In the 42 years since a little mustachioed Italian plumber first jumped into an arcade game screen, there have been roughly, oh, a gazillion video games featuring Mario and his crew. In fact, the recent Super Mario Maker 2 opened the door for gamers themselves to create and share their hand-crafted Mario challenges, some of those being almost painfully difficult to conquer.
So instead of trying to outshine all that with Super Mario Bros. Wonder, gamemakers have harkened back to the classics—creating Nintendo’s first new side-scrolling platformer in more than a decade. And then they layered on a whole new set of rules and wild ideas.
The game starts out as the Mushroom Kingdom gang is invited to a party over at the neighboring Flower Kingdom. And of course, Bowser crashes the soiree. But instead of snatching up Princess Peach and running for the nearest fortified castle, the fire-breathing baddy grabs a magical Wonder Flower and turns himself into an evil castle surrounded by six swirling Cloud Piranhas. He then settles in the center of the Flower Kingdom map and begins gathering magical power while his minions corrupt the land.
The panicked caterpillar Prince Florian asks Mario to lend his heroic help to set things right.
Gamers can then play as any of 12 different characters in Mario’s crew, including the likes of Mario, Luigi, Peach and Yoshi. The goal is to clear baddies from chaos-filled platform areas and castles; gather powerful Wonder seeds and flowers; and eventually free the seven adjoining regions of the Flower Kingdom from Bowser’s magical grip.
That all sounds fairly familiar, so what new twists are in the mix?
Well, you still stomp on Goombas and collect lots of coins, but there are new power-ups in the mix. Along with the standard Fire Flower and Power Mushroom, an Elephant power-up doubles your size and adds a trunk-swinging gush of water to your protagonist’s abilities. Another new power-up gives Mario a drill hat with which he can dig into secreted away areas. And a Bubble power-up lets Mario’s attacks float up and hit enemies at a distance, or sub in as quick-use platforms.
New Wonder Badges can also be found, collected and worn. This broad collection of boosting badges fall into three categories—Action, Boost and Expert—and give your character special active or passive abilities. Applying the right badge—rewarding you with everything from special wall jump abilities to invisibility to a safety bounce that lets you bounce back from a fall—can help a great deal in the midst of a very difficult level.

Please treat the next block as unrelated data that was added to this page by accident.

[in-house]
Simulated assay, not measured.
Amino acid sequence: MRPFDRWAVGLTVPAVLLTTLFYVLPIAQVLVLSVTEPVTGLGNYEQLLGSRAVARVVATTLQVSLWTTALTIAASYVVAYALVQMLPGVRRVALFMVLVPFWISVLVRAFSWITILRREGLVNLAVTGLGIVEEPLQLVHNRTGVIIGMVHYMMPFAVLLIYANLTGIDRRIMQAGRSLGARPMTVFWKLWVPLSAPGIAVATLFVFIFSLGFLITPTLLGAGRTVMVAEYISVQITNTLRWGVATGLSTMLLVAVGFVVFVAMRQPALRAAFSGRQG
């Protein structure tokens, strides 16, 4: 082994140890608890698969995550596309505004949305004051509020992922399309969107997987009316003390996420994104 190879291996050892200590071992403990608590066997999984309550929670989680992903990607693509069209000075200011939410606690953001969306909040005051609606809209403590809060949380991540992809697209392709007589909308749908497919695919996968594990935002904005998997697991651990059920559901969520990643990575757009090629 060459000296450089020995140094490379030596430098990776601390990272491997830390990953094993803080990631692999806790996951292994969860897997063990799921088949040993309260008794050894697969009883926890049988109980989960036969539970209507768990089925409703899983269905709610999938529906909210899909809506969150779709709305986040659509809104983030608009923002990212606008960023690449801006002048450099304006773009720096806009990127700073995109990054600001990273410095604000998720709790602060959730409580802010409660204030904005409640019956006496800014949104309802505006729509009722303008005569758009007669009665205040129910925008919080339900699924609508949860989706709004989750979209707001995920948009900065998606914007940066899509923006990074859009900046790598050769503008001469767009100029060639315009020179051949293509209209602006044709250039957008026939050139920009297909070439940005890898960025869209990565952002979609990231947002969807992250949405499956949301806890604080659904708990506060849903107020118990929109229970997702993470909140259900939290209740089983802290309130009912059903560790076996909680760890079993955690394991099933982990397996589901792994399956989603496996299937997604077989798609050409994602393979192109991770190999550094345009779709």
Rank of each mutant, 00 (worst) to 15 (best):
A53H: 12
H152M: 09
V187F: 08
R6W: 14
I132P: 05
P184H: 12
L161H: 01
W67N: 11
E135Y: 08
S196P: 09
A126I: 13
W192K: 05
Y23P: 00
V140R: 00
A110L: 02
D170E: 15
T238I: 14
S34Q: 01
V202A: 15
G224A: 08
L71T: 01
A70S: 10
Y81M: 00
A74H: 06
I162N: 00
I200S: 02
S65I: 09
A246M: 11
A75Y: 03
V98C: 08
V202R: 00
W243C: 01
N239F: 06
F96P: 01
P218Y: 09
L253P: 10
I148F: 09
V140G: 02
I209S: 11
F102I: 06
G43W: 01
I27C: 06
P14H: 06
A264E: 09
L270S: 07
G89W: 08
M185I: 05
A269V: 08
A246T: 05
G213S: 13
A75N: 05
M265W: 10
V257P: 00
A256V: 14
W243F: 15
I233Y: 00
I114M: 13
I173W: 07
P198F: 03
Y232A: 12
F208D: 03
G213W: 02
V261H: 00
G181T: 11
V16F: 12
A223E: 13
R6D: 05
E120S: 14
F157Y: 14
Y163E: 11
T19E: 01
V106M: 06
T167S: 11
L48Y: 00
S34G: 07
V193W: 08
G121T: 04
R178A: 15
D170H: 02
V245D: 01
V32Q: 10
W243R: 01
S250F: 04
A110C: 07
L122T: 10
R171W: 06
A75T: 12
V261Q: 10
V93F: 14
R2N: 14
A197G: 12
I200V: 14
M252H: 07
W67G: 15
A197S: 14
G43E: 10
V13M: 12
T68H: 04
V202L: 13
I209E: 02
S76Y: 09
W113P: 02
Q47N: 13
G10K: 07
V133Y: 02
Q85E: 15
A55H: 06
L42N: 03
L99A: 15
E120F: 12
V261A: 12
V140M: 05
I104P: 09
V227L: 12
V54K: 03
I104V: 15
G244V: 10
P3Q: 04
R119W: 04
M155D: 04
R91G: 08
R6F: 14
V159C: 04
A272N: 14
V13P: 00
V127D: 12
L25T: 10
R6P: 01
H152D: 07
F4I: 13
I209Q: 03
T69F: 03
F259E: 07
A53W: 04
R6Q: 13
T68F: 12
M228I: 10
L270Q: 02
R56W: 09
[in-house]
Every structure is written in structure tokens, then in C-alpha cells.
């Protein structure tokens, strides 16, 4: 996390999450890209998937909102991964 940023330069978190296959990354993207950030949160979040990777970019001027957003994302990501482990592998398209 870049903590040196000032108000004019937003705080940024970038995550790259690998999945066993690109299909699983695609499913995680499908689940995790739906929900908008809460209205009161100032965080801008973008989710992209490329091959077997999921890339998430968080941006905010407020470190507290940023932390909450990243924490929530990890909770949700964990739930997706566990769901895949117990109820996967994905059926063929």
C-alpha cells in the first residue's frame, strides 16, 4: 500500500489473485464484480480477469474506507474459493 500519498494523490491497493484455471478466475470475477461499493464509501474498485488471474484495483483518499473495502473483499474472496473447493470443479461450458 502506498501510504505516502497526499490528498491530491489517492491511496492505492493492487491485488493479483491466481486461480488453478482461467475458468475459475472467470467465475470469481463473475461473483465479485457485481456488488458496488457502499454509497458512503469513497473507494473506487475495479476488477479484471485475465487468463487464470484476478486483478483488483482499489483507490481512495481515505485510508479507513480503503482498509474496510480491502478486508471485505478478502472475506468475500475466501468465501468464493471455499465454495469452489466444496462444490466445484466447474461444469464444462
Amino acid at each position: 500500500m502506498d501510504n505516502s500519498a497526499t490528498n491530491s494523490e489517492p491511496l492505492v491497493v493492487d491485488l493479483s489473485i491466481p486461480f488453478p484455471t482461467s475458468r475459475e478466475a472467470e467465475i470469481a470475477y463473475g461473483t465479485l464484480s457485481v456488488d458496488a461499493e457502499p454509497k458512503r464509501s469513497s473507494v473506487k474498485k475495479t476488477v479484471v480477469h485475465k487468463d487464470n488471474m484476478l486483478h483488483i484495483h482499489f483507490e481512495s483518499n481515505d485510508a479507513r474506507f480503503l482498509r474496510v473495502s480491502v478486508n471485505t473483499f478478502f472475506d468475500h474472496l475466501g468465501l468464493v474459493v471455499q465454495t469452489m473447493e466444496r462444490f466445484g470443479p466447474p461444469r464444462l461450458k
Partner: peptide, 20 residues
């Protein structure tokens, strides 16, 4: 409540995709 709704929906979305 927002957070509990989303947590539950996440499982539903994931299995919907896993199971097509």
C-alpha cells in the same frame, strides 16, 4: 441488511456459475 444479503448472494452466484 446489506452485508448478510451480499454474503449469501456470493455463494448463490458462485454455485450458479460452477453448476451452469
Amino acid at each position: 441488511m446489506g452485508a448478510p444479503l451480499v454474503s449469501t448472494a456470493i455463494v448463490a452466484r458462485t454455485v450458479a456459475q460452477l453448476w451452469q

There are new quirky enemies in the mix as well, and the ability to jump back into the background of a multilayered level. Wonder’s levels are shaken and stirred a bit, too. Some test your character’s speed as you race a swift opponent. Some plop you in an empty room with the task of exploring for hidden contents. And some are battle-focused, forcing you to quickly take out groups of enemies.
One of my favorite new additions is the little talking flowers that you encounter throughout the lands. While other characters talk in gibberish with English subtitles, these flowers greet you with English verbal encouragements, level clues and requests as you go. And if you get particularly tired of their messages, you can also switch things up and have them speak in one of 15 different languages, such as Japanese or French.
Gamers can also have up to three friends (local or online) join them in the platforming romps. And special game-return abilities even allow you tag-back-in where other online players have fallen and pick up your play from their place in the level. (Online connection, however, is not a necessity for play.)
Wonder is quite delightful to play through and look at, even on a small screen. The characters are colorful and vibrant. And the game allows parents to play along with younger players and help them through difficult sections. …
… That said, this game can get pretty difficult in later levels. And you can’t change the difficulty level in the game menu as you can with some games. The levels are each given a number of stars (one to five) to signify how difficult they are. And as kid-friendly as the game is as a whole, some challenges are pretty tough.
Besides the jumping, running and sliding action of the platform play, there is quite a bit of enemy thumping and battle in the gaming mix. Cartoony enemies can have sharp chomping teeth and claws or shoot flames and blasts. Etc.
In battle those foes are jumped on or hit with jets of water, fireballs, bubbles, tossed shells or other projectiles. But when defeated, they are considered knocked out, not killed. There’s no mess or blood. And when a player falls off a ledge or is hit, they either get smaller or are knocked out and sent back to an earlier section of the level. Online players can revive a fallen friend.
Online play, however, can only happen via a monthly Nintendo subscription.
Super Mario Bros. Wonder is a creative and joyously bouncing blast. But don’t come in expecting an easy bop. Parents with younger players should be ready to sharpen up their own helpful moves if they want to best that bang-bamming Bowser.
After spending more than two decades touring, directing, writing and producing for Christian theater and radio (most recently for Adventures in Odyssey, which he still contributes to), Bob joined the Plugged In staff to help us focus more heavily on video games. He is also one of our primary movie reviewers.